Dr David Fisher
PhD, AHEA, MRes, BSc
I study behaviour and the role it plays in evolutionary and ecological processes, with a particular focus on social interactions. My works involves observations of wild animals, experiments in invertebrates in the laboratory, as well as simulation studies and reviews of statistical methods such as social network analysis. I also have an interest in the importance of social interactions in plants, the welfare of captive and farmed invertebrates, and how changing climates impact animal populations. Please get in touch if you would like to know more
Previously I worked at McMaster University (Canada), looking at the heritability and evolution of group traits in social spiders, and at the University of Guelph (Canada), studying North American red squirrels in the Yukon. I completed my PhD at the University of Exeter (Cornwall campus), and my Masters at the University of Liverpool.
Memberships and Affiliations
- Internal Memberships
I work on the School of Biological Sciences Retention committee, looking for ways we can improve student continuation rates.
- External Memberships
I am the Pre-print Editor for Evolution Letters
I am a member of the European Society for Evolutionary Biology, the Association for the Study of Animal Behaviour, the British Ecological Society, the Animal Welfare Research Network, and the British Arachnological Society.
Prizes and Awards
In 2022 I was awarded the Principal's Prize for Outstanding Research and Engagement in the category ECR (STEM)
Page 1 of 5 Results 1 to 10 of 42
Social associations in lactating dairy cows housed in a robotic milking systemApplied Animal Behaviour Science, vol. 249, 105589Contributions to Journals: Articles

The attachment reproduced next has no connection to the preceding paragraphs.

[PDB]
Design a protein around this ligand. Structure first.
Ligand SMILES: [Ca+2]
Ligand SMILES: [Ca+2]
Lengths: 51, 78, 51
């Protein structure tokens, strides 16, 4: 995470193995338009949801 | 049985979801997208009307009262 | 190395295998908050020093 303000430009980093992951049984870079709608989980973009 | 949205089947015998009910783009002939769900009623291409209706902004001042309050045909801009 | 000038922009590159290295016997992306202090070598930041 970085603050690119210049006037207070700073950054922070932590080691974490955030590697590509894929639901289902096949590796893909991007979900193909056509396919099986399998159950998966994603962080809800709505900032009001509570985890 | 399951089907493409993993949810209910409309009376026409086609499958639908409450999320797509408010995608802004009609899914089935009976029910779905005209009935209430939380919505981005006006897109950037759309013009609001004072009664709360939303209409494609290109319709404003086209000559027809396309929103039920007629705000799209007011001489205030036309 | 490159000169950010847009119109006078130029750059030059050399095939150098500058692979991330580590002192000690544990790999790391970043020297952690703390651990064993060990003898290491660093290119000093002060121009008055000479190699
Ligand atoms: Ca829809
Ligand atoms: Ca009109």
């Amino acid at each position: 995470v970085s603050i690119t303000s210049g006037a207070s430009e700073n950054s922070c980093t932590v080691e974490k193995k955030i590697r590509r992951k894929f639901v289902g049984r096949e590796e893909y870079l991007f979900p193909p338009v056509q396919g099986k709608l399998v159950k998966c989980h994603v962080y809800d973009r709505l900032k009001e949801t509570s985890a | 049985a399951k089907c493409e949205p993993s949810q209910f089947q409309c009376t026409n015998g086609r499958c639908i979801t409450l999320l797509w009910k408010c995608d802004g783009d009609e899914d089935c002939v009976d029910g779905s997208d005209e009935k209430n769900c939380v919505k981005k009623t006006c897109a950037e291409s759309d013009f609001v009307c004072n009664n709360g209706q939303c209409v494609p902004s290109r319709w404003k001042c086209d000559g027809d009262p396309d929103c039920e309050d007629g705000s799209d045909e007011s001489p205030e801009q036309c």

Social Selection and the Evolution of MaladaptationJournal of Heredity, vol. 113, no. 1, pp. 61-68Contributions to Journals: Articles
Anticipated effects of abiotic environmental change on intraspecific social interactionsBiological Reviews, vol. 96, no. 6, pp. 2661-2693Contributions to Journals: Articles
Social selection is density dependent but makes little contribution to total selection in New Zealand giraffe weevilsProceedings of the Royal Society B: Biological Sciences, vol. 288, no. 1952, 20210696Contributions to Journals: Articles
Episodic correlations in behavioural lateralization differ between a poison frog and its mimicAnimal Behaviour, vol. 174, pp. 207-215Contributions to Journals: Articles
Multilayer network analysis: new opportunities and challenges for studying animal social systemsCurrent Zoology, vol. 67, no. 1, pp. 45-48Contributions to Journals: Articles
Using multilayer network analysis to explore the temporal dynamics of collective behaviorCurrent Zoology, vol. 67, pp. 71-80Contributions to Journals: Articles
Orb-weaving spiders show a correlated syndrome of morphology and web structure in the wildBiological Journal of the Linnean Society, vol. 131, no. 2, pp. 449-463Contributions to Journals: Articles
The performance of permutations and exponential random graph models when analyzing animal networksBehavioral Ecology, vol. 31, no. 5, pp. 1266-1276Contributions to Journals: Articles
Territory acquisition mediates the influence of predators and climate on juvenile red squirrel survivalJournal of Animal Ecology, vol. 89, no. 6, pp. 1408-1418Contributions to Journals: Articles